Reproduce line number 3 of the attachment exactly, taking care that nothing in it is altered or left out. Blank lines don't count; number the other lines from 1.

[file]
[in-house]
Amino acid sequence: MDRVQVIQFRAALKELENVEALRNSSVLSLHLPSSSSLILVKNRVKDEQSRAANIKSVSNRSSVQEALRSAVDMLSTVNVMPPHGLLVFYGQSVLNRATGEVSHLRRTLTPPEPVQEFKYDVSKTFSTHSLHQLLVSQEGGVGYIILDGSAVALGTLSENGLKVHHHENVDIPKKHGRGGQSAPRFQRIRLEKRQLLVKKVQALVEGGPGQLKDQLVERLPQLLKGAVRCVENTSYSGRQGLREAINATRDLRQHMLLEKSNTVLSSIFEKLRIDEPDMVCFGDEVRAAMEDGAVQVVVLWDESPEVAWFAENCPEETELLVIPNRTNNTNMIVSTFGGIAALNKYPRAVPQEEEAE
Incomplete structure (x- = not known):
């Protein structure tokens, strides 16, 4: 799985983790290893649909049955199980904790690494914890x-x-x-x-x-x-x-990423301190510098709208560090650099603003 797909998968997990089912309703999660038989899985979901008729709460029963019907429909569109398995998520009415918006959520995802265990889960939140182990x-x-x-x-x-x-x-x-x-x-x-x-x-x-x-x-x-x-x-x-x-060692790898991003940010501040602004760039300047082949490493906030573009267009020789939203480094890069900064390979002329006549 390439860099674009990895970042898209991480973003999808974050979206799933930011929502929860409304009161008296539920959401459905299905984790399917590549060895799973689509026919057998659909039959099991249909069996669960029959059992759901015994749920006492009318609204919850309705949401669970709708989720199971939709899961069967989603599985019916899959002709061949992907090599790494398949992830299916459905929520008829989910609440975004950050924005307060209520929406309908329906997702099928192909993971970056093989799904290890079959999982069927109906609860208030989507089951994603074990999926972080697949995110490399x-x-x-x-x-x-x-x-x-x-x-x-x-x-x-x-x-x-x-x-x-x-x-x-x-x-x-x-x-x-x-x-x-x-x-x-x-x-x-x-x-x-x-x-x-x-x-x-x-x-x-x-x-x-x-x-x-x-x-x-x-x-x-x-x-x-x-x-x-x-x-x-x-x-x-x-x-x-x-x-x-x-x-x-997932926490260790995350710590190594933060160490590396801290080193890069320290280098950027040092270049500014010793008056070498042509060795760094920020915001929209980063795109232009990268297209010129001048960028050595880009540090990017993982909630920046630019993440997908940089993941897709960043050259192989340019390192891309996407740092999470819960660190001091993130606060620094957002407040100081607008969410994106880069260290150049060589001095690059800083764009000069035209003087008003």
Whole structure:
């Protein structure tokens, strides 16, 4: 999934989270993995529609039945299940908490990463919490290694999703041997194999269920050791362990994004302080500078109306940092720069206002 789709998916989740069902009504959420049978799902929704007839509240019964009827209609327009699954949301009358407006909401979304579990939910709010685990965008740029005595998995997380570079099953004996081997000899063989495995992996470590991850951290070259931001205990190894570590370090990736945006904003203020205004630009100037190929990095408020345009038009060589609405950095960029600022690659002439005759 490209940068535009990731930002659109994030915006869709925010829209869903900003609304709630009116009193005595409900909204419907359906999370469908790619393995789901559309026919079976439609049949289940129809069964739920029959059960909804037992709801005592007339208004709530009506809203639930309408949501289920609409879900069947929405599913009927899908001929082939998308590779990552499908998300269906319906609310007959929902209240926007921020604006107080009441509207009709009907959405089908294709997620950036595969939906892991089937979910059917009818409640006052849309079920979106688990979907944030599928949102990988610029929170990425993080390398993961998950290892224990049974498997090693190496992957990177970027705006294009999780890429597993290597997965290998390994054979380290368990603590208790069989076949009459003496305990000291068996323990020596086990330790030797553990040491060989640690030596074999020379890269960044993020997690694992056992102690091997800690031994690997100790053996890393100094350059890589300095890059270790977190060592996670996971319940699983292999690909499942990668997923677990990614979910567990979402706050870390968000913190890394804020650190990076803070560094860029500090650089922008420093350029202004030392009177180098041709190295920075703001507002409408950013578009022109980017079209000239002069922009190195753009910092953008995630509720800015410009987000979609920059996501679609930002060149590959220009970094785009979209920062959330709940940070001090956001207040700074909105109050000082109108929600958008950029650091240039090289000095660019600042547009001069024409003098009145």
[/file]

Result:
Incomplete structure (x- = not known):